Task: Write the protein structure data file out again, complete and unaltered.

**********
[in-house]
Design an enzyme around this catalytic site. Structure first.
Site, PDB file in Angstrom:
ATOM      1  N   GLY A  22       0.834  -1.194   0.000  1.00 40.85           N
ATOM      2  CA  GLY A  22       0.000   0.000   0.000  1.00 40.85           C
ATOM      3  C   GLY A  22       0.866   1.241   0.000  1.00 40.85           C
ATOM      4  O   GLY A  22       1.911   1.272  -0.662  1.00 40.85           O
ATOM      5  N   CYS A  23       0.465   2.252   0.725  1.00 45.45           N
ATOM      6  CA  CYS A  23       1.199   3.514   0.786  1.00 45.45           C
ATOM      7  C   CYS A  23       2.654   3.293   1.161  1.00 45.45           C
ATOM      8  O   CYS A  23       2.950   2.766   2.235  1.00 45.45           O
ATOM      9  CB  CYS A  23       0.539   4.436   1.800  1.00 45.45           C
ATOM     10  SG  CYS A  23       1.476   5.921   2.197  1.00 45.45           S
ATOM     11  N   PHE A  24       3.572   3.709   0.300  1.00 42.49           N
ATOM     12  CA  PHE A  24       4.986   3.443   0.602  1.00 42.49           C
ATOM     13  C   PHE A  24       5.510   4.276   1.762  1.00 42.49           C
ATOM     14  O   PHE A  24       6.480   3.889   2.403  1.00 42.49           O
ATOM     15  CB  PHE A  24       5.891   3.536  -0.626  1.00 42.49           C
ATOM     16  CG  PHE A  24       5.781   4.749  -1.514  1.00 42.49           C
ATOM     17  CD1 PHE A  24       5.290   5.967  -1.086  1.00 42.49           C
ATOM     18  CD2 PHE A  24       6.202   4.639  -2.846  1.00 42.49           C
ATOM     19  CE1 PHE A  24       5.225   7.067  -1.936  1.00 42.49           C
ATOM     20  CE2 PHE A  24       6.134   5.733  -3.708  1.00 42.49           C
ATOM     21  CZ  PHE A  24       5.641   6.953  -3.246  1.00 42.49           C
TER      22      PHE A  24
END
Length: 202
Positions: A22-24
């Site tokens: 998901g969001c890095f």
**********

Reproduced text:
[in-house]
Design an enzyme around this catalytic site. Structure first.
Site, PDB file in Angstrom:
ATOM      1  N   GLY A  22       0.834  -1.194   0.000  1.00 40.85           N
ATOM      2  CA  GLY A  22       0.000   0.000   0.000  1.00 40.85           C
ATOM      3  C   GLY A  22       0.866   1.241   0.000  1.00 40.85           C
ATOM      4  O   GLY A  22       1.911   1.272  -0.662  1.00 40.85           O
ATOM      5  N   CYS A  23       0.465   2.252   0.725  1.00 45.45           N
ATOM      6  CA  CYS A  23       1.199   3.514   0.786  1.00 45.45           C
ATOM      7  C   CYS A  23       2.654   3.293   1.161  1.00 45.45           C
ATOM      8  O   CYS A  23       2.950   2.766   2.235  1.00 45.45           O
ATOM      9  CB  CYS A  23       0.539   4.436   1.800  1.00 45.45           C
ATOM     10  SG  CYS A  23       1.476   5.921   2.197  1.00 45.45           S
ATOM     11  N   PHE A  24       3.572   3.709   0.300  1.00 42.49           N
ATOM     12  CA  PHE A  24       4.986   3.443   0.602  1.00 42.49           C
ATOM     13  C   PHE A  24       5.510   4.276   1.762  1.00 42.49           C
ATOM     14  O   PHE A  24       6.480   3.889   2.403  1.00 42.49           O
ATOM     15  CB  PHE A  24       5.891   3.536  -0.626  1.00 42.49           C
ATOM     16  CG  PHE A  24       5.781   4.749  -1.514  1.00 42.49           C
ATOM     17  CD1 PHE A  24       5.290   5.967  -1.086  1.00 42.49           C
ATOM     18  CD2 PHE A  24       6.202   4.639  -2.846  1.00 42.49           C
ATOM     19  CE1 PHE A  24       5.225   7.067  -1.936  1.00 42.49           C
ATOM     20  CE2 PHE A  24       6.134   5.733  -3.708  1.00 42.49           C
ATOM     21  CZ  PHE A  24       5.641   6.953  -3.246  1.00 42.49           C
TER      22      PHE A  24
END
Length: 202
Positions: A22-24
């Site tokens: 998901g969001c890095f």